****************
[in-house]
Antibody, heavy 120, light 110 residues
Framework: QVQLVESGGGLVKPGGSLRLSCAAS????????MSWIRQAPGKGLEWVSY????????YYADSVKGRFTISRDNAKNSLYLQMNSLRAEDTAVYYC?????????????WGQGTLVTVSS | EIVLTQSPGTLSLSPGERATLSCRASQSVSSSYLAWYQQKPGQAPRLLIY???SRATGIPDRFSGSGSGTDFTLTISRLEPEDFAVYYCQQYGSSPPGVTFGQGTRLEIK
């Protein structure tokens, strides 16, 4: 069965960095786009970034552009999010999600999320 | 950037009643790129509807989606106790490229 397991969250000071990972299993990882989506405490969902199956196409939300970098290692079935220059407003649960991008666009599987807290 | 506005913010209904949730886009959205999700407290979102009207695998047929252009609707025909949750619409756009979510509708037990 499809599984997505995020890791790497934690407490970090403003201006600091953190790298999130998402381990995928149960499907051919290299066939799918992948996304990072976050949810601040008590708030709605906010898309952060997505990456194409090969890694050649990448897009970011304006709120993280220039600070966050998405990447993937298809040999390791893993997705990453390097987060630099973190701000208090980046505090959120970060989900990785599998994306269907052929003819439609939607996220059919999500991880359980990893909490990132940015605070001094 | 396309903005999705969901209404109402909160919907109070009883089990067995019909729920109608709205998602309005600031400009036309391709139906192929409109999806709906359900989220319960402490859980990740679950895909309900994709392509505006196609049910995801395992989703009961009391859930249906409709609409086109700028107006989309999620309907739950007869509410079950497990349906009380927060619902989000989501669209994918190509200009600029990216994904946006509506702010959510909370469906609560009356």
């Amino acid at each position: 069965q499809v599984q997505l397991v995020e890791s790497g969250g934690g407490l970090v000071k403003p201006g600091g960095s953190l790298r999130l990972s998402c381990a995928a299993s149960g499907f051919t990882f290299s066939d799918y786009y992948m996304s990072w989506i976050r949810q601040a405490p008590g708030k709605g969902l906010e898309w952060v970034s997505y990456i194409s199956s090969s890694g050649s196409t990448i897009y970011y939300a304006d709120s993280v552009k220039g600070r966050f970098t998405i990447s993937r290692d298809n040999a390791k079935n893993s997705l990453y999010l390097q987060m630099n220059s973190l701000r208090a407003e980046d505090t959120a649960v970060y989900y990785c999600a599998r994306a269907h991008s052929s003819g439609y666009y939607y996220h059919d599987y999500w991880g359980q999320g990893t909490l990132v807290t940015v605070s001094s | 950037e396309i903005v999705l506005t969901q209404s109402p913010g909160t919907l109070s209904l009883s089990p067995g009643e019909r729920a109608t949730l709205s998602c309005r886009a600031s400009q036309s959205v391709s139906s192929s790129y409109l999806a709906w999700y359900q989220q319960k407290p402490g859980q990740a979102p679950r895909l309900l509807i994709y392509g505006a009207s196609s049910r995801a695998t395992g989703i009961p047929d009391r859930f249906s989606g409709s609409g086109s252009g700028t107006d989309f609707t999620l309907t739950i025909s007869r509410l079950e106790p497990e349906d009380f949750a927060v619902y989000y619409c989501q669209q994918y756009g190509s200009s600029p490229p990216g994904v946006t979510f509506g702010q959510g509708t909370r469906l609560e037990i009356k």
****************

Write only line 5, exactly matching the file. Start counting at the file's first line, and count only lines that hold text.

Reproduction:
């Amino acid at each position: 069965q499809v599984q997505l397991v995020e890791s790497g969250g934690g407490l970090v000071k403003p201006g600091g960095s953190l790298r999130l990972s998402c381990a995928a299993s149960g499907f051919t990882f290299s066939d799918y786009y992948m996304s990072w989506i976050r949810q601040a405490p008590g708030k709605g969902l906010e898309w952060v970034s997505y990456i194409s199956s090969s890694g050649s196409t990448i897009y970011y939300a304006d709120s993280v552009k220039g600070r966050f970098t998405i990447s993937r290692d298809n040999a390791k079935n893993s997705l990453y999010l390097q987060m630099n220059s973190l701000r208090a407003e980046d505090t959120a649960v970060y989900y990785c999600a599998r994306a269907h991008s052929s003819g439609y666009y939607y996220h059919d599987y999500w991880g359980q999320g990893t909490l990132v807290t940015v605070s001094s | 950037e396309i903005v999705l506005t969901q209404s109402p913010g909160t919907l109070s209904l009883s089990p067995g009643e019909r729920a109608t949730l709205s998602c309005r886009a600031s400009q036309s959205v391709s139906s192929s790129y409109l999806a709906w999700y359900q989220q319960k407290p402490g859980q990740a979102p679950r895909l309900l509807i994709y392509g505006a009207s196609s049910r995801a695998t395992g989703i009961p047929d009391r859930f249906s989606g409709s609409g086109s252009g700028t107006d989309f609707t999620l309907t739950i025909s007869r509410l079950e106790p497990e349906d009380f949750a927060v619902y989000y619409c989501q669209q994918y756009g190509s200009s600029p490229p990216g994904v946006t979510f509506g702010q959510g509708t909370r469906l609560e037990i009356k």